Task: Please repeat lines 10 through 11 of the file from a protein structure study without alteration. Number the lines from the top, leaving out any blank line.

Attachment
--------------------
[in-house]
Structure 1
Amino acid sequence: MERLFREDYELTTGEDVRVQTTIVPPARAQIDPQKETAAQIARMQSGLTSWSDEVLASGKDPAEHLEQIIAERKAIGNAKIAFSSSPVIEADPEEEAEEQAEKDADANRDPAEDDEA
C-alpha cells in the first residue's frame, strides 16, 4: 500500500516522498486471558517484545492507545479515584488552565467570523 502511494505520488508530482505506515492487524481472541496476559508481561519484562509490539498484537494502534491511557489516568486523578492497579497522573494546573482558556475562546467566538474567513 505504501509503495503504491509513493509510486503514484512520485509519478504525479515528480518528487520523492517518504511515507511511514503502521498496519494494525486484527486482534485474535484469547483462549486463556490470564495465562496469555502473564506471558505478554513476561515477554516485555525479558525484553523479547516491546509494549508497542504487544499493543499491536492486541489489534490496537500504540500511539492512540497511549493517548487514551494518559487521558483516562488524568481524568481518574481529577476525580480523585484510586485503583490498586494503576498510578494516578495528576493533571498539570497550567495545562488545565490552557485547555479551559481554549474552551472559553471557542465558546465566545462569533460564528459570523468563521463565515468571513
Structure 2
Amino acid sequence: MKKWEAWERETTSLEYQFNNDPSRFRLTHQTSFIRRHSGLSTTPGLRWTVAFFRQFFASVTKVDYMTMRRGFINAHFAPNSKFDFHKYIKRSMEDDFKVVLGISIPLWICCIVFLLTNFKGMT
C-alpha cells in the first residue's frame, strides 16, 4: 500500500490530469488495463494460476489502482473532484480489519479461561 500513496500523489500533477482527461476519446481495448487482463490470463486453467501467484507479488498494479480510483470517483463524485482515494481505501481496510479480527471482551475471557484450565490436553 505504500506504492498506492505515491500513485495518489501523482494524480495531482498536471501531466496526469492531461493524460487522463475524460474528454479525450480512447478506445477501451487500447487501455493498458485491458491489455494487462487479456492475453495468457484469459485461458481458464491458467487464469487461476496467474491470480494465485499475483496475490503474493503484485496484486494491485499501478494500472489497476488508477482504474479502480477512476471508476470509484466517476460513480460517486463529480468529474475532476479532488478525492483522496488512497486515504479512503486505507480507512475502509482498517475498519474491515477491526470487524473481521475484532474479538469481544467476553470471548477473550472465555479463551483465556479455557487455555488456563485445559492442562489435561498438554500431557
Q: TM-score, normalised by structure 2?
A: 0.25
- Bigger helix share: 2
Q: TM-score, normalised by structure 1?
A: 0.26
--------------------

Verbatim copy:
- Bigger helix share: 2
Q: TM-score, normalised by structure 1?